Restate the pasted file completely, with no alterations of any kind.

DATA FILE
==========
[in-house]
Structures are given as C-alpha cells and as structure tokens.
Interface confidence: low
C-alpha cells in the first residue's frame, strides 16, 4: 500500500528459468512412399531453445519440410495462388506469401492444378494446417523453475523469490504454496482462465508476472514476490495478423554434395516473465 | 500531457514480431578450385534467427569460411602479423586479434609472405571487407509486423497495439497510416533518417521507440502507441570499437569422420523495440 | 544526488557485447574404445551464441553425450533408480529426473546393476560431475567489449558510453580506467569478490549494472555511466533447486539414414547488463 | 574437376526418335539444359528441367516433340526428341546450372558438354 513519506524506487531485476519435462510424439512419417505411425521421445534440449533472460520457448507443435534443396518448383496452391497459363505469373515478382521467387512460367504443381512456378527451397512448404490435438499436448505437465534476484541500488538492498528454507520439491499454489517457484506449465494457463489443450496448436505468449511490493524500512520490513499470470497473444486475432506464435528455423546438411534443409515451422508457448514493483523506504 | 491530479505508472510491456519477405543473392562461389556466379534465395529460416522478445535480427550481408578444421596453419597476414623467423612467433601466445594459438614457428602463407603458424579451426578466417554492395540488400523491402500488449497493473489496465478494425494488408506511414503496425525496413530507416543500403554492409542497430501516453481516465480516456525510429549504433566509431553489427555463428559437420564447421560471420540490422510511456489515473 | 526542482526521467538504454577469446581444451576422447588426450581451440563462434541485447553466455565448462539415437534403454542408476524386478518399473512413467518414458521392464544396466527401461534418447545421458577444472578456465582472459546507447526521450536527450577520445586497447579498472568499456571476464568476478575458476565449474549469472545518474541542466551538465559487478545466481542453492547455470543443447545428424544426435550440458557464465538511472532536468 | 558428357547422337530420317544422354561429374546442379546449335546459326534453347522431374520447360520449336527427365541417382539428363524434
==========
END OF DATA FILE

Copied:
[in-house]
Structures are given as C-alpha cells and as structure tokens.
Interface confidence: low
C-alpha cells in the first residue's frame, strides 16, 4: 500500500528459468512412399531453445519440410495462388506469401492444378494446417523453475523469490504454496482462465508476472514476490495478423554434395516473465 | 500531457514480431578450385534467427569460411602479423586479434609472405571487407509486423497495439497510416533518417521507440502507441570499437569422420523495440 | 544526488557485447574404445551464441553425450533408480529426473546393476560431475567489449558510453580506467569478490549494472555511466533447486539414414547488463 | 574437376526418335539444359528441367516433340526428341546450372558438354 513519506524506487531485476519435462510424439512419417505411425521421445534440449533472460520457448507443435534443396518448383496452391497459363505469373515478382521467387512460367504443381512456378527451397512448404490435438499436448505437465534476484541500488538492498528454507520439491499454489517457484506449465494457463489443450496448436505468449511490493524500512520490513499470470497473444486475432506464435528455423546438411534443409515451422508457448514493483523506504 | 491530479505508472510491456519477405543473392562461389556466379534465395529460416522478445535480427550481408578444421596453419597476414623467423612467433601466445594459438614457428602463407603458424579451426578466417554492395540488400523491402500488449497493473489496465478494425494488408506511414503496425525496413530507416543500403554492409542497430501516453481516465480516456525510429549504433566509431553489427555463428559437420564447421560471420540490422510511456489515473 | 526542482526521467538504454577469446581444451576422447588426450581451440563462434541485447553466455565448462539415437534403454542408476524386478518399473512413467518414458521392464544396466527401461534418447545421458577444472578456465582472459546507447526521450536527450577520445586497447579498472568499456571476464568476478575458476565449474549469472545518474541542466551538465559487478545466481542453492547455470543443447545428424544426435550440458557464465538511472532536468 | 558428357547422337530420317544422354561429374546442379546449335546459326534453347522431374520447360520449336527427365541417382539428363524434